Black History Month Reading List

In celebration of Black History Month, we are sharing a wonderful selection of titles exploring Black spaces, ideas, communities, history, and voices. Here are twelve books exploring those important topics of which we can always strive to further our education about.

Put Your Hands on Your Hips and Act Like a Woman by Gale P. Jackson

In a gathering of griot traditions fusing storytelling, cultural history, and social and literary criticism, Put Your Hands on Your Hips and Act Like a Woman “re-members” and represents how women of the African diaspora have drawn on ancient traditions to record memory, history, and experience in performance.

A Glorious Liberty by Damon Root

2021 Choice Outstanding Academic Title

Frederick Douglass, the former slave who had secretly taught himself how to read, would teach the American people a thing or two about the true meaning of the Constitution. This is the story of a fundamental debate that goes to the very heart of America’s founding ideals—a debate that is still very much with us today.

African American Officers in Liberia by Brian G. Shellum

African American Officers in Liberia tells the story of seventeen African American officers who trained, reorganized, and commanded the Liberian Frontier Force from 1910 to 1942. In this West African country founded by freed black American slaves, African American officers performed their duties as instruments of imperialism for a country that was, at best, ambivalent about having them serve under arms at home and abroad.

Black Montana by Anthony W. Wood

Black Montana depicts the history of Montana’s Black community from 1877 until the 1930s, a period in western American history that represents a significant moment and unique geography in the life of the U.S. settler-colonial project.

Buffalo Soldiers in Alaska by Brian G. Shellum

The town of Skagway was born in 1897 after its population quintupled in under a year due to the Klondike gold rush. Balanced on the edge of anarchy, the U.S. Army stationed Company L, a unit of Buffalo Soldiers, there near the end of the gold rush. Buffalo Soldiers in Alaska tells the story of these African American soldiers who kept the peace during a volatile period in America’s resource-rich North. It is a fascinating tale that features white officers and Black soldiers safeguarding U.S. territory, supporting the civil authorities, protecting Native Americans, fighting natural disasters, and serving proudly in America’s last frontier.

Different Strokes by Cecil Harris

Different Strokes chronicles the rise of the Williams sisters, as well as other champions of color, closely examining how Black Americans are collectively faring in tennis, on the court and off. Despite the success of the Williams sisters and the election of former pro player Katrina Adams as the U.S. Tennis Association’s first Black president, top Black players still receive racist messages via social media and sometimes in public. The reality is that while significant progress has been made in the sport, much work remains before anything resembling equality is achieved.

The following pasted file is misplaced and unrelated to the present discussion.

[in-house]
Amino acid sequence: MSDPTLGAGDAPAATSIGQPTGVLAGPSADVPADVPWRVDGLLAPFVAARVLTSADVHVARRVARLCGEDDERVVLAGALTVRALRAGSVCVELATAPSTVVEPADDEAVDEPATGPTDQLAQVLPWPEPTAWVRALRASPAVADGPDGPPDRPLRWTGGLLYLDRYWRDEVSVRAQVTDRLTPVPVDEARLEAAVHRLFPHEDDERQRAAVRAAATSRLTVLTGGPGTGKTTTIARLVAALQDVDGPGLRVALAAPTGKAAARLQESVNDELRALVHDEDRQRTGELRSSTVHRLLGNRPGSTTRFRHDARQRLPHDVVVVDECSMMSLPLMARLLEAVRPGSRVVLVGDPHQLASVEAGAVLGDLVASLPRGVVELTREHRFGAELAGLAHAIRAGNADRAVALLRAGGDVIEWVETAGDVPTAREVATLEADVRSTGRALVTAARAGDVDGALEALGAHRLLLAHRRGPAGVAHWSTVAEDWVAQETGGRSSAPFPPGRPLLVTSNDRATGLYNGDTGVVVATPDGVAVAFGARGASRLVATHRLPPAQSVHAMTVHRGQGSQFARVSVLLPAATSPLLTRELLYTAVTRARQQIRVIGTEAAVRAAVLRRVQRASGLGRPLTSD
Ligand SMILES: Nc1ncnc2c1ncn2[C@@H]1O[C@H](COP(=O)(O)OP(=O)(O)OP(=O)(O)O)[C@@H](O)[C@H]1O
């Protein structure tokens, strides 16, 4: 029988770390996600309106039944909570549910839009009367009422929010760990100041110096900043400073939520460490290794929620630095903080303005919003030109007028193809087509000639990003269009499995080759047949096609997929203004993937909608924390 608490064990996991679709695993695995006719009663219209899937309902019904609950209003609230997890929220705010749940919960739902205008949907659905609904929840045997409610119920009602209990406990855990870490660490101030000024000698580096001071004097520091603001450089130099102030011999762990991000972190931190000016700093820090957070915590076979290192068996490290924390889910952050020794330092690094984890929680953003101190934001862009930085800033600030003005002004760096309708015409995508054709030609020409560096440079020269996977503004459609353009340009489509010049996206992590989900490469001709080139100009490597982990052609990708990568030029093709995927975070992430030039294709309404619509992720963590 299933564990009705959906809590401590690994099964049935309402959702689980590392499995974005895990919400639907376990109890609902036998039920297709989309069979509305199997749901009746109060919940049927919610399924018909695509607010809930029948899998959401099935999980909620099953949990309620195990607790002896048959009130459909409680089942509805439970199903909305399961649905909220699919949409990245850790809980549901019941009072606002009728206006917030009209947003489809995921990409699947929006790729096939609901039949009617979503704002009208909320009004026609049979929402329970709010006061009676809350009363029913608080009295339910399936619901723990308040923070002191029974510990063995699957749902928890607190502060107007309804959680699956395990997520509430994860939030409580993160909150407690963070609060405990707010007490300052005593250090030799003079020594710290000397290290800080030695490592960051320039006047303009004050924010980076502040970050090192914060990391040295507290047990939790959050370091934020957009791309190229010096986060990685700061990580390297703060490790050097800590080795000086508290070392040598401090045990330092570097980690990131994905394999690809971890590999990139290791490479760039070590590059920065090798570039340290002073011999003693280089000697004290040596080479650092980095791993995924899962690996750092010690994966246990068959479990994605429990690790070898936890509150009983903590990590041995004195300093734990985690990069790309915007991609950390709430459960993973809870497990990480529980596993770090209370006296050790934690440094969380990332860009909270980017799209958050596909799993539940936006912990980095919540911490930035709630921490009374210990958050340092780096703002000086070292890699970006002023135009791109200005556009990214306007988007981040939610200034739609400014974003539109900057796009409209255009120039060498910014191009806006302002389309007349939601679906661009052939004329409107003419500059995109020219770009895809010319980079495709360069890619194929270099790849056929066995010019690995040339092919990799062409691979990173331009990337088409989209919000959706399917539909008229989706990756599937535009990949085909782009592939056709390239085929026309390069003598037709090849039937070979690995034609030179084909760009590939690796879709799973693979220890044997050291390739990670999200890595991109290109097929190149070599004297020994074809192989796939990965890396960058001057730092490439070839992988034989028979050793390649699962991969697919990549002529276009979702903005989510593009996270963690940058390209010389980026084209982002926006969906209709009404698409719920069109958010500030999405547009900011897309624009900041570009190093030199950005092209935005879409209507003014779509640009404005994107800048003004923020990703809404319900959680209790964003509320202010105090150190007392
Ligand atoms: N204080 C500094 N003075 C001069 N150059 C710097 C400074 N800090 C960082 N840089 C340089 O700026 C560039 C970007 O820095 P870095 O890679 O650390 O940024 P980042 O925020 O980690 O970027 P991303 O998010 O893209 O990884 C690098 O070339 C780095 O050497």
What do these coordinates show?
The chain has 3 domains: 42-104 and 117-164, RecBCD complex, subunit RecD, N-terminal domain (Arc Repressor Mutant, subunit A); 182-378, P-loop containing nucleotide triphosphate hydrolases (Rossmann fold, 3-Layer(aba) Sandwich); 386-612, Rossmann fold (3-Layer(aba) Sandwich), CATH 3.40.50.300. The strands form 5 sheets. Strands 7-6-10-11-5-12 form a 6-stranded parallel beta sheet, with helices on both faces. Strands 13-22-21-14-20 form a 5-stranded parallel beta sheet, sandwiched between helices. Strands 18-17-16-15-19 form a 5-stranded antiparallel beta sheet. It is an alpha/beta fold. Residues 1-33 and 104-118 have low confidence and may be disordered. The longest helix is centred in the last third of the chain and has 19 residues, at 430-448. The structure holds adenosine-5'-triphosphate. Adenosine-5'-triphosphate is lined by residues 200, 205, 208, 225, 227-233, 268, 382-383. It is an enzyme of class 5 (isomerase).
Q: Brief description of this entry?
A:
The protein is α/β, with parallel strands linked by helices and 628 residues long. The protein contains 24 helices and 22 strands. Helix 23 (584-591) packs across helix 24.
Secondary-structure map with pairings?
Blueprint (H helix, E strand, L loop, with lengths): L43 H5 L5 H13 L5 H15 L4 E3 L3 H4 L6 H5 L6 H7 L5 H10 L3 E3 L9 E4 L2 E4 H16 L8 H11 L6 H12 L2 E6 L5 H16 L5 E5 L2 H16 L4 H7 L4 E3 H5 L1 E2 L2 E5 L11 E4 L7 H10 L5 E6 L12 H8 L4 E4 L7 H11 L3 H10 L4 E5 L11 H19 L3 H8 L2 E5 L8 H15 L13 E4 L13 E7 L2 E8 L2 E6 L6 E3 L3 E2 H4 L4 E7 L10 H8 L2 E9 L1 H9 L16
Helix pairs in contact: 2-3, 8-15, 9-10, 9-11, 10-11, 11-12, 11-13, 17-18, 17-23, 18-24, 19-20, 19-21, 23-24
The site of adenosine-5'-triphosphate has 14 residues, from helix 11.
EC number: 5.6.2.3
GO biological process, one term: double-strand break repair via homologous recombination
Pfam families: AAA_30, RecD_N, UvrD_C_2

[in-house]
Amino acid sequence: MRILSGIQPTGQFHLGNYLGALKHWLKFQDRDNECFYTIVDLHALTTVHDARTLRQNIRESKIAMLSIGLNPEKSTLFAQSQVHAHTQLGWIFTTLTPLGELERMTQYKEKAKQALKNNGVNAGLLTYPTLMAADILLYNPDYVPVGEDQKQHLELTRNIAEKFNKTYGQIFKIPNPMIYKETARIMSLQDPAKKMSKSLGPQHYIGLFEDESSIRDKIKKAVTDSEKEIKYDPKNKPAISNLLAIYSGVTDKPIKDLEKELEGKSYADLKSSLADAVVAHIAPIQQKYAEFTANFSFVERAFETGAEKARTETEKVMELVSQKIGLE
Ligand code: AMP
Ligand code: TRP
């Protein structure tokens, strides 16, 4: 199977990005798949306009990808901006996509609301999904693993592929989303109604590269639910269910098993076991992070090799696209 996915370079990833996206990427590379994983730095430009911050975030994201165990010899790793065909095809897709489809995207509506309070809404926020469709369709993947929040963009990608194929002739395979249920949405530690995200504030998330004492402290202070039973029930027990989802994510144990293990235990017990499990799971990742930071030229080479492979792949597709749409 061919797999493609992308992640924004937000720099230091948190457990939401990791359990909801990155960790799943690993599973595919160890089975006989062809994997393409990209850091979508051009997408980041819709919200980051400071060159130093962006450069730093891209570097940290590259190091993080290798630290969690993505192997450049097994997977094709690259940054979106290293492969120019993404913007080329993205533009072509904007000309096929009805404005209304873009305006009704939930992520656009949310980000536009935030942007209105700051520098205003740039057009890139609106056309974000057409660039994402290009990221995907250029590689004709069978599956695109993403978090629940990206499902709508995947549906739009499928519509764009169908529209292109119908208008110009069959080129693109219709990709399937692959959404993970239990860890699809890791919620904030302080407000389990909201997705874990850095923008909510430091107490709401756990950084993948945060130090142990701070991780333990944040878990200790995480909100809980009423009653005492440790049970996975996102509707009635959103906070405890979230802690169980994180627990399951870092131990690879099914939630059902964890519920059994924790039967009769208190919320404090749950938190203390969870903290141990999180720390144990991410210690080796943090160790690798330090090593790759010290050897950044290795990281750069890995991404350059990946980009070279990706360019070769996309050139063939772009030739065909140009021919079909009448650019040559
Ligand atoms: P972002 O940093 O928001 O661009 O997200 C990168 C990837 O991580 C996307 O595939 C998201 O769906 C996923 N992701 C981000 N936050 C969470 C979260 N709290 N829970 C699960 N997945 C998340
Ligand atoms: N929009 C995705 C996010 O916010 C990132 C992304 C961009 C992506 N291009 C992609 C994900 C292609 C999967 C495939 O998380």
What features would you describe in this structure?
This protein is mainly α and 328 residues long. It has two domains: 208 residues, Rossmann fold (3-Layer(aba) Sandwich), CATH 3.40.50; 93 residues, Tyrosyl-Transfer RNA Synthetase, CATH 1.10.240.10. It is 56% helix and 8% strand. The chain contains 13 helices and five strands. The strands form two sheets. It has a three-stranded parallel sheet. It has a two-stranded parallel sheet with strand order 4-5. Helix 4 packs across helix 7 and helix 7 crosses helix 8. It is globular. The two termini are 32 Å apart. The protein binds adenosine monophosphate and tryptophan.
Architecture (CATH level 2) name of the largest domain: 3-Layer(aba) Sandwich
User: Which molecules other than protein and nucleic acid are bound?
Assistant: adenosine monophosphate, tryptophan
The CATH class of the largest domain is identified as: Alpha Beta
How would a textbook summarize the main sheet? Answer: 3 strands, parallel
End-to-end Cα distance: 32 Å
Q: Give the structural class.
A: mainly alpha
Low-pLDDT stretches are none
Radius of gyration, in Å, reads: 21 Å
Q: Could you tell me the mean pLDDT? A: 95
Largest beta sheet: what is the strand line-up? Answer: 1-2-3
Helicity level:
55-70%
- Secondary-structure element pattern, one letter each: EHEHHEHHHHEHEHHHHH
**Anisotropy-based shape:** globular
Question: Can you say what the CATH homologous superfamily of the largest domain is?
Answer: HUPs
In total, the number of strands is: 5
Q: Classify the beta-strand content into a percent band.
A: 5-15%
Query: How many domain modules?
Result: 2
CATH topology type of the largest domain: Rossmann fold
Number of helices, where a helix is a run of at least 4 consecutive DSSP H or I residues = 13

Invisible Men by Donn Roggosin

This remarkable narrative is filled with the memories of many surviving Negro League players. What emerges is a glorious chapter in African American history and an often overlooked aspect of our American past. This edition features a new introduction by the author.

Cobra by Dave Parker and Dave Jordan

Finalist for the 2021 CASEY Award for Best Baseball Book of the Year

Dave Parker was one of the biggest and most badass baseball players of the late twentieth century. He stood at six foot five and weighed 235 pounds. He was a seven-time All-Star, a two-time batting champion, a frequent Gold Glove winner, the 1978 National League MVP, and a World Series champion with both the Pittsburgh Pirates and the Oakland A’s. Here the great Dave Parker delivers his wild and long-awaited autobiography—an authoritative account of Black baseball during its heyday as seen through the eyes of none other than the Cobra.

Living the California Dream by Alison Rose Jefferson

2020 Miriam Matthews Ethnic History Award from the Los Angeles City Historical Society
 
As Southern California was reimagining leisure and positioning it at the center of the American Dream, African American Californians were working to make that leisure an open, inclusive reality. By occupying recreational sites and public spaces, African Americans challenged racial hierarchies and marked a space of Black identity on the regional landscape and social space.

Stolen Dreams by Chris Lamb (forthcoming this April)

Stolen Dreams is the story of the Cannon Street YMCA All-Stars and of the early civil rights movement. It’s also the story of centuries of bigotry in Charleston, South Carolina—where millions of enslaved people were brought to this country and where the Civil War began, where segregation remained for a century after the war ended and anyone who challenged it did so at their own risk.

Black Cowboys of Rodeo by Keith Ryan Cartwright

Black Cowboys of Rodeo is a collection of one hundred years of stories, told by these revolutionary Black pioneers themselves and set against the backdrop of Reconstruction, Jim Crow, segregation, the civil rights movement, and eventually the integration of a racially divided country.

Oscar Charleston by Jeremey Beer

2020 SABR Seymour Medal 
2019 CASEY Award for Best Baseball Book of the Year

Charleston’s combined record as a player, manager, and scout makes him the most accomplished figure in Black baseball history. His mastery of the quintessentially American sport under the conditions of segregation revealed what was possible for Black achievement, bringing hope to millions. Oscar Charleston introduces readers to one of America’s greatest and most fascinating athletes. 

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